Durani, Afghanistan -- Afghanistan's road connecting its three major cities is a lifeline for Afghans in the town of Durani and other rural areas. But this lifeline connecting Kabul in the east, Qandahar in the south and Herat in the west was largely destroyed during more than two decades of conflict in Afghanistan. Now this vital artery is being rebuilt, with international help.
The United States has given $80 million towards the rebuilding of the road. Japan and Saudi Arabia are each expected to contribute $50 million towards the project.
Vehicles traveling on the road, much of it no more than an uneven layer of gravel or dirt, can move at only 45-50 kilometers an hour, making the 480 kilometer drive between Kabul and Qandahar a one and a half or two day trip. Once paved, travelers will be able to drive 80-85 km per hour, and shave the journey time down to seven hours.
On February 23, Deputy Administrator of the U.S. Agency for International Development (USAID) Frederick Schieck visited the small town of Durani, located on the road between Kabul and Qandahar, to meet with local officials and see view the progress of the road construction project.
Accompanied by Brad Hanson, the deputy chief of mission at the U.S. Embassy in Kabul, and Craig Buck, USAID's Country Director, Schieck sat down with the group of villagers and told them he "wanted the chance to ... see how you view what is happening - whether you've seen that the improvements are being made in a way that you would like."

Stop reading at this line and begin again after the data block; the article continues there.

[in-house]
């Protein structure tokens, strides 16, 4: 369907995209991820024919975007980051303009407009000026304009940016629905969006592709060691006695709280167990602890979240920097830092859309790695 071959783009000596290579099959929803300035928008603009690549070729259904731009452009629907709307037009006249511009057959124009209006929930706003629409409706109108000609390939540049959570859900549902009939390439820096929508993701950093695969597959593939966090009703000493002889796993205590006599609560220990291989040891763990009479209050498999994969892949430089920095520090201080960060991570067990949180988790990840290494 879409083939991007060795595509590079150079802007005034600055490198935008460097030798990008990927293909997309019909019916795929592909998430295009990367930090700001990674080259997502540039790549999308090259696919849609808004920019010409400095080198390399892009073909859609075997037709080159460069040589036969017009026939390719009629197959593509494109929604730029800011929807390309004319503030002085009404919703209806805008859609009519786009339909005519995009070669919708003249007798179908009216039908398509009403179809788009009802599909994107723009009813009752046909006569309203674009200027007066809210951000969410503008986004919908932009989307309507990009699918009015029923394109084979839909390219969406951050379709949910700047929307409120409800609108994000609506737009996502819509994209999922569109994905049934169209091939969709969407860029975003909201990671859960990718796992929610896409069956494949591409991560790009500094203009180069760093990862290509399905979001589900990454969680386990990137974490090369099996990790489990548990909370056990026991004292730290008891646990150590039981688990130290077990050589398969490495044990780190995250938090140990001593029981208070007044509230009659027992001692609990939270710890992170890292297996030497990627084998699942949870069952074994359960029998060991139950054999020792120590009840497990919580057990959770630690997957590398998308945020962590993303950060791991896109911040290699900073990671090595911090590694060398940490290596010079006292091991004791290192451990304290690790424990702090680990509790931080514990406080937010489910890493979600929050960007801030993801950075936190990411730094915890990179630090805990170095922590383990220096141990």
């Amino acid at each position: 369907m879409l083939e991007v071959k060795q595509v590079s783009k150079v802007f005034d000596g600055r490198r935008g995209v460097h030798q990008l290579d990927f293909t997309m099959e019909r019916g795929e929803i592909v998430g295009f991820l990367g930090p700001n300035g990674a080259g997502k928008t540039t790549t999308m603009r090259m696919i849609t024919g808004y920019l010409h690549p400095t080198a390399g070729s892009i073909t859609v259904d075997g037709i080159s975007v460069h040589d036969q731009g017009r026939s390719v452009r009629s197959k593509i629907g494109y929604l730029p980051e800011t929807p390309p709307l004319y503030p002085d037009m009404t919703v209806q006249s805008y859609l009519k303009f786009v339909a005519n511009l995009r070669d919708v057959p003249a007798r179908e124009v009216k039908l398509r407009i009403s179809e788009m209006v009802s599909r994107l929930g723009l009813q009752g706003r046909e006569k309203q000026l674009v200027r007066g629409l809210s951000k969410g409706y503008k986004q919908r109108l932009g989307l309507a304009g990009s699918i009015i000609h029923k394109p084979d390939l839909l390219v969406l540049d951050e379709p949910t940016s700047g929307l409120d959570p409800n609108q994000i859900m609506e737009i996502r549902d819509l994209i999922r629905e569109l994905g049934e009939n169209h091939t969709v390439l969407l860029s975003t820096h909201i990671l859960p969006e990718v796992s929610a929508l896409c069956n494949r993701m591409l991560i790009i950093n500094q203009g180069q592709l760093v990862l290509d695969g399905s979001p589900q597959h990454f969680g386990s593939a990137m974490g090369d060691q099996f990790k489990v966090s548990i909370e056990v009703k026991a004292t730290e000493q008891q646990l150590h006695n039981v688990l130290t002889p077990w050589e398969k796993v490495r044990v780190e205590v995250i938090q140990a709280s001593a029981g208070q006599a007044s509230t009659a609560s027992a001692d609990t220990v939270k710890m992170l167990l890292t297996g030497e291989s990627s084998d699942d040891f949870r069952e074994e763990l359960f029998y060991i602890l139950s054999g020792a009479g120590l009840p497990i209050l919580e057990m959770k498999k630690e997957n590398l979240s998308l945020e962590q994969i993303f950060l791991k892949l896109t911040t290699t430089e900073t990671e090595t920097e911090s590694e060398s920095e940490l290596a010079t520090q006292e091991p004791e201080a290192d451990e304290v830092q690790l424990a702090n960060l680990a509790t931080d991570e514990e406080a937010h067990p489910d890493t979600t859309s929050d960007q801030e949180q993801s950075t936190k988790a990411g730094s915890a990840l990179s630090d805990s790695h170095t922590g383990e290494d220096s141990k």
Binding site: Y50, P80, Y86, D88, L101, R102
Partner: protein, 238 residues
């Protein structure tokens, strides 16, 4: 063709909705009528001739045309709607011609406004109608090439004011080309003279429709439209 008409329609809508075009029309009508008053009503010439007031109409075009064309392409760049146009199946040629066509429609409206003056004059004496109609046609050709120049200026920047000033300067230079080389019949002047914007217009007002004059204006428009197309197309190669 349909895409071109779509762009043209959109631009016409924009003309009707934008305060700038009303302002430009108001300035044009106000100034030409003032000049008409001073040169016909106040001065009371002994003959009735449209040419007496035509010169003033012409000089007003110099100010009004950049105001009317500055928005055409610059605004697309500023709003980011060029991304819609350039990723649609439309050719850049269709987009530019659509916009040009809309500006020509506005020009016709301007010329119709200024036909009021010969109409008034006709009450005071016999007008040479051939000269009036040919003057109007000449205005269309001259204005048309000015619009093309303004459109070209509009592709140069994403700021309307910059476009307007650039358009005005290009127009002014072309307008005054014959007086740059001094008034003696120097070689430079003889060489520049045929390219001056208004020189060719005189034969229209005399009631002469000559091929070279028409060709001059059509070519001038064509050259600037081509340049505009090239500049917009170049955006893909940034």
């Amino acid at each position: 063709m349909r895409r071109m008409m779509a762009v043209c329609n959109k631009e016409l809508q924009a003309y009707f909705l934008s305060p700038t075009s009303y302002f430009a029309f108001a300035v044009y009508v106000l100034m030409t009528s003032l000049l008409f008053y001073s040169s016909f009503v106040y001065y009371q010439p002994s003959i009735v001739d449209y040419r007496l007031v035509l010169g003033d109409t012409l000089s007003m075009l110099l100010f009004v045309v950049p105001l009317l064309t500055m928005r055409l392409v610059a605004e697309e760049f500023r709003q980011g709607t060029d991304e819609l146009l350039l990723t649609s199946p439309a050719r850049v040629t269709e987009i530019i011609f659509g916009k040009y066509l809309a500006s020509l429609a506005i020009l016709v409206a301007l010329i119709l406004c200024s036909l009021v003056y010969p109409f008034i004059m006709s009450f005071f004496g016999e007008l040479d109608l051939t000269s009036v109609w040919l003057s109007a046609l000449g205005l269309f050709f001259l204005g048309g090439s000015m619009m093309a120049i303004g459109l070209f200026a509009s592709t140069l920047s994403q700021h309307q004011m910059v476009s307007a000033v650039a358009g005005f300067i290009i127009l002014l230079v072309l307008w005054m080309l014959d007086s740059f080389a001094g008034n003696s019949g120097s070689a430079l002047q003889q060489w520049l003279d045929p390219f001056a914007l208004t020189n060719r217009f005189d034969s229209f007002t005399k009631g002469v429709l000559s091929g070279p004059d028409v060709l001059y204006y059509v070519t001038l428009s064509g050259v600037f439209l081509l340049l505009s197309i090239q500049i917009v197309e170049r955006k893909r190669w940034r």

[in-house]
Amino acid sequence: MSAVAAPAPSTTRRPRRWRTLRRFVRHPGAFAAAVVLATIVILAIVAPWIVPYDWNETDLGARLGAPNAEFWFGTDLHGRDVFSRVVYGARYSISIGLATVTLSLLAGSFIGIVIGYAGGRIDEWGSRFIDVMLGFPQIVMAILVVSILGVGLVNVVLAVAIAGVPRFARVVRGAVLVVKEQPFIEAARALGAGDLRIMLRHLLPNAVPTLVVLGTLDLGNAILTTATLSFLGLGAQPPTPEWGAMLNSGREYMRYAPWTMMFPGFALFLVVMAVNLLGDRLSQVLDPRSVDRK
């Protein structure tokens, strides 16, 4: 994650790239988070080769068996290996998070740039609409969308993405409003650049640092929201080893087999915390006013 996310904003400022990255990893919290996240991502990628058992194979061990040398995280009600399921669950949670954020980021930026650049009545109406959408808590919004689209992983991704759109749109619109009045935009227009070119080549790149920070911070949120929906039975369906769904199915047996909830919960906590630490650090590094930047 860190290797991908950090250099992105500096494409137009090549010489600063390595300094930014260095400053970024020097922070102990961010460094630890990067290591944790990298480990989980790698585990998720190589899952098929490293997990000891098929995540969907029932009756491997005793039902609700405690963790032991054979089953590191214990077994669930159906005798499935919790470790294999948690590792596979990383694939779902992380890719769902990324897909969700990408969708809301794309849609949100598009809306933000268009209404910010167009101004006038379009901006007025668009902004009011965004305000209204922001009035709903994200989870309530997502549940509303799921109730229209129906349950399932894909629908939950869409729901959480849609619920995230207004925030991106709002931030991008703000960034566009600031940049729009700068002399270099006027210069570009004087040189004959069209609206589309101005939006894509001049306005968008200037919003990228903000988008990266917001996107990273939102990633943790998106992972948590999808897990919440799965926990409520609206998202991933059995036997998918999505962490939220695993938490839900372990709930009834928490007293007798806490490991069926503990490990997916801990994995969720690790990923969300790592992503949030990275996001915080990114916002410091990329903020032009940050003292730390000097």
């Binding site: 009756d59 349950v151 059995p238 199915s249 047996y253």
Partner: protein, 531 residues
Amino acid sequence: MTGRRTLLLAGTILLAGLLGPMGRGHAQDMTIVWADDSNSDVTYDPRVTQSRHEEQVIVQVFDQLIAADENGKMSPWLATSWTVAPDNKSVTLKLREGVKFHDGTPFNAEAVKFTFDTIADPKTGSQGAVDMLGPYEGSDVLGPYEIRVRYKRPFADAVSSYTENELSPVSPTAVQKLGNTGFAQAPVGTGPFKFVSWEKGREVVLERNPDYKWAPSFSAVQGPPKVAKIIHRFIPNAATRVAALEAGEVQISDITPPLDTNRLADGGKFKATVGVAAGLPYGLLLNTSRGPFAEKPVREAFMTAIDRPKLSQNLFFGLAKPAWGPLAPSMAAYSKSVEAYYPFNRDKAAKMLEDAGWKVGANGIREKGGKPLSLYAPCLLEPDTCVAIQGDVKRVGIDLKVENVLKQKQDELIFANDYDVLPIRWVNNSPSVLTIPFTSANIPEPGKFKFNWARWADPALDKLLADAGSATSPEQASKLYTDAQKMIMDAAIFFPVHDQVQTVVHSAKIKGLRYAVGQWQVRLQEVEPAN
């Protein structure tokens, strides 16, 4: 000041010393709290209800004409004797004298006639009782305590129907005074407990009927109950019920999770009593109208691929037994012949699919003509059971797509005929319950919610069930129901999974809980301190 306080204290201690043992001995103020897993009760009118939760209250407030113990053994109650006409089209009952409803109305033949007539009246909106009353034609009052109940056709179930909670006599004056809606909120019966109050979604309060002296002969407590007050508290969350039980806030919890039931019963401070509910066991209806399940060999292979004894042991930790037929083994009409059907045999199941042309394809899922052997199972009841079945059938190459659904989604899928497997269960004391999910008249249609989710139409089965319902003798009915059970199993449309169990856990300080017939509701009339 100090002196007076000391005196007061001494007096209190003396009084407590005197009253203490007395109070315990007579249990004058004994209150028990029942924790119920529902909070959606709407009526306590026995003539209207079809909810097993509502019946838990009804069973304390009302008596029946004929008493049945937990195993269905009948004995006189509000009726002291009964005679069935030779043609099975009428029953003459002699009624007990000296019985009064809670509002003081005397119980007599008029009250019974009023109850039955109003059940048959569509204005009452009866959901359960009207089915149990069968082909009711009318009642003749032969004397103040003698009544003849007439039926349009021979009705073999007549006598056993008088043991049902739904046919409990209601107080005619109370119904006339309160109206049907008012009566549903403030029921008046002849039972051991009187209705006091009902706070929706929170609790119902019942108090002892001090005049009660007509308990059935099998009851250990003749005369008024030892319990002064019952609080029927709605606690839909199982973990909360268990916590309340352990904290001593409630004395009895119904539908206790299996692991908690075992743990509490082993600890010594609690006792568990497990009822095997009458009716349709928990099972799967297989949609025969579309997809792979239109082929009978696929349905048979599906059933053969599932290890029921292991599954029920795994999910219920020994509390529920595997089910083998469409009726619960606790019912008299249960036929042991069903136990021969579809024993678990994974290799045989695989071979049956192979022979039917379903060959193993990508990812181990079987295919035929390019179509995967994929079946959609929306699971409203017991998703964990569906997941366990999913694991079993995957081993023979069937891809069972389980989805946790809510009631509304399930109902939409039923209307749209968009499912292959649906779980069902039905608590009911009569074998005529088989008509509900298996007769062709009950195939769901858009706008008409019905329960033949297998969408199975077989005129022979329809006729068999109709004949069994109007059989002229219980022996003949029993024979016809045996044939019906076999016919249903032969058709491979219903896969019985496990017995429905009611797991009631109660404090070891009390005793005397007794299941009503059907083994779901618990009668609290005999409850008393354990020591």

"When the United States agreed to provide financing for this road, we did it because we know that it's a very important road in Afghanistan. President Karzai was very strong in urging us to move ahead with the financing for the road," said Schieck, who had previously gone to inspect the road on a trip to Afghanistan in October 2002.
In the new USAID-constructed schoolhouse where the meeting was held, the Durani residents confirmed the importance of the road to their village.
"Yes, it will affect our lives in a positive way," they all said. "Everyone goes to Kabul for their purchases of supplies and food."
Reminding Schieck that the road shoulders are also important to Afghans walking or using animal transportation, the residents asked Schieck how wide the completed road would be.
"We have had a lot of casualties on the side of these roads since our local inhabitants are using the sides of this road for their travel. So if it's wider, it would be nice and we can avoid these casualties," said one of the residents.
USAID's Craig Buck told him that it would stretch 11 meters across, including .75 meters on each side for the shoulders.
Construction by the New Jersey-based Louis Berger Group, which has been contracted by USAID to rebuild the road, has yet to begin in earnest due to the winter snow and rains. But grading and compaction equipment are already in use. "The paving will start in a couple of months when the weather is better," said Schieck.
The Kabul-Qandahar segment of the road is expected to be completed in 2005, according to USAID.
The Durani residents thanked Schieck and USAID for the new school in which they were meeting. They also requested a health clinic to serve the area, and offered to provide the labor to build the facility if USAID gave the funding and supplies.
The road construction will help to make medical centers in nearby Kabul much more accessible for the residents. The road project is also expected to employ some of the local populace, providing badly needed jobs, as well as facilitating the work of those now employed as truckers.
(The Washington File is a product of the Office of International Information Programs, U.S. Department of State. Web site: http://usinfo.state.gov)